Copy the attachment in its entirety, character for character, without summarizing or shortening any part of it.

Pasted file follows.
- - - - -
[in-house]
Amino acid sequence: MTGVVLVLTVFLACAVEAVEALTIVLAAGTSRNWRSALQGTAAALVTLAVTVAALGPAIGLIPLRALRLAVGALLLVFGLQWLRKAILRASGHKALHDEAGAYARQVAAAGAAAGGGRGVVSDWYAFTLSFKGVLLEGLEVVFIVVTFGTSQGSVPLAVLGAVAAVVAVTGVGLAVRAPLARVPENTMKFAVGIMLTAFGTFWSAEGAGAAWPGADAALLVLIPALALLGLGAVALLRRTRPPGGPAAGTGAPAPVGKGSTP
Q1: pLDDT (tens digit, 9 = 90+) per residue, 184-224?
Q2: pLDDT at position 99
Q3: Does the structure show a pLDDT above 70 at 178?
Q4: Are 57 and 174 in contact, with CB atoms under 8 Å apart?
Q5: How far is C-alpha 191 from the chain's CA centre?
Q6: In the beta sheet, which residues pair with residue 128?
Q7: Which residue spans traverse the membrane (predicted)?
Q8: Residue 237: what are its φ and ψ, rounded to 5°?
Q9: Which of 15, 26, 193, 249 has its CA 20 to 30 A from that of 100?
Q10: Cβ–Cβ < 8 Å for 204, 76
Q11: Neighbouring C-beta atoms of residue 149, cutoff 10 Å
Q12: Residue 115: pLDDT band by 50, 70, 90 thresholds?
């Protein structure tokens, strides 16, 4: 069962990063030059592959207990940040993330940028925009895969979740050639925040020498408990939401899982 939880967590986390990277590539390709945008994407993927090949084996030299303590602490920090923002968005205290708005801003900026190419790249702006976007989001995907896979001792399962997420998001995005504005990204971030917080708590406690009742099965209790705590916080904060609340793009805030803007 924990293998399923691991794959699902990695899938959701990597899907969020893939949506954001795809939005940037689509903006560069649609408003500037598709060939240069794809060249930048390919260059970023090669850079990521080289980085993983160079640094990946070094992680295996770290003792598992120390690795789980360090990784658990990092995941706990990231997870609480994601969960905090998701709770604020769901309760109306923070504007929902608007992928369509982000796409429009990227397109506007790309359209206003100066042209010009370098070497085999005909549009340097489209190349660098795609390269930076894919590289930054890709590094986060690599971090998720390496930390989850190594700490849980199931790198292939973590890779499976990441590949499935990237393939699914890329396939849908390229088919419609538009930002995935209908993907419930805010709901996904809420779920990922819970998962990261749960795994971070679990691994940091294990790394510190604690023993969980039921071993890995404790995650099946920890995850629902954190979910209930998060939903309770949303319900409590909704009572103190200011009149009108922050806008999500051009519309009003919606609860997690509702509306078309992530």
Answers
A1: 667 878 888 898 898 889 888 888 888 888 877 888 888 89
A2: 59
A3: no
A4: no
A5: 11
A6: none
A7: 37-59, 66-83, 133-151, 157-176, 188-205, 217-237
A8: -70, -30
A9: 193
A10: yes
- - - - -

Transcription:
[in-house]
Amino acid sequence: MTGVVLVLTVFLACAVEAVEALTIVLAAGTSRNWRSALQGTAAALVTLAVTVAALGPAIGLIPLRALRLAVGALLLVFGLQWLRKAILRASGHKALHDEAGAYARQVAAAGAAAGGGRGVVSDWYAFTLSFKGVLLEGLEVVFIVVTFGTSQGSVPLAVLGAVAAVVAVTGVGLAVRAPLARVPENTMKFAVGIMLTAFGTFWSAEGAGAAWPGADAALLVLIPALALLGLGAVALLRRTRPPGGPAAGTGAPAPVGKGSTP
Q1: pLDDT (tens digit, 9 = 90+) per residue, 184-224?
Q2: pLDDT at position 99
Q3: Does the structure show a pLDDT above 70 at 178?
Q4: Are 57 and 174 in contact, with CB atoms under 8 Å apart?
Q5: How far is C-alpha 191 from the chain's CA centre?
Q6: In the beta sheet, which residues pair with residue 128?
Q7: Which residue spans traverse the membrane (predicted)?
Q8: Residue 237: what are its φ and ψ, rounded to 5°?
Q9: Which of 15, 26, 193, 249 has its CA 20 to 30 A from that of 100?
Q10: Cβ–Cβ < 8 Å for 204, 76
Q11: Neighbouring C-beta atoms of residue 149, cutoff 10 Å
Q12: Residue 115: pLDDT band by 50, 70, 90 thresholds?
């Protein structure tokens, strides 16, 4: 069962990063030059592959207990940040993330940028925009895969979740050639925040020498408990939401899982 939880967590986390990277590539390709945008994407993927090949084996030299303590602490920090923002968005205290708005801003900026190419790249702006976007989001995907896979001792399962997420998001995005504005990204971030917080708590406690009742099965209790705590916080904060609340793009805030803007 924990293998399923691991794959699902990695899938959701990597899907969020893939949506954001795809939005940037689509903006560069649609408003500037598709060939240069794809060249930048390919260059970023090669850079990521080289980085993983160079640094990946070094992680295996770290003792598992120390690795789980360090990784658990990092995941706990990231997870609480994601969960905090998701709770604020769901309760109306923070504007929902608007992928369509982000796409429009990227397109506007790309359209206003100066042209010009370098070497085999005909549009340097489209190349660098795609390269930076894919590289930054890709590094986060690599971090998720390496930390989850190594700490849980199931790198292939973590890779499976990441590949499935990237393939699914890329396939849908390229088919419609538009930002995935209908993907419930805010709901996904809420779920990922819970998962990261749960795994971070679990691994940091294990790394510190604690023993969980039921071993890995404790995650099946920890995850629902954190979910209930998060939903309770949303319900409590909704009572103190200011009149009108922050806008999500051009519309009003919606609860997690509702509306078309992530």
Answers
A1: 667 878 888 898 898 889 888 888 888 888 877 888 888 89
A2: 59
A3: no
A4: no
A5: 11
A6: none
A7: 37-59, 66-83, 133-151, 157-176, 188-205, 217-237
A8: -70, -30
A9: 193
A10: yes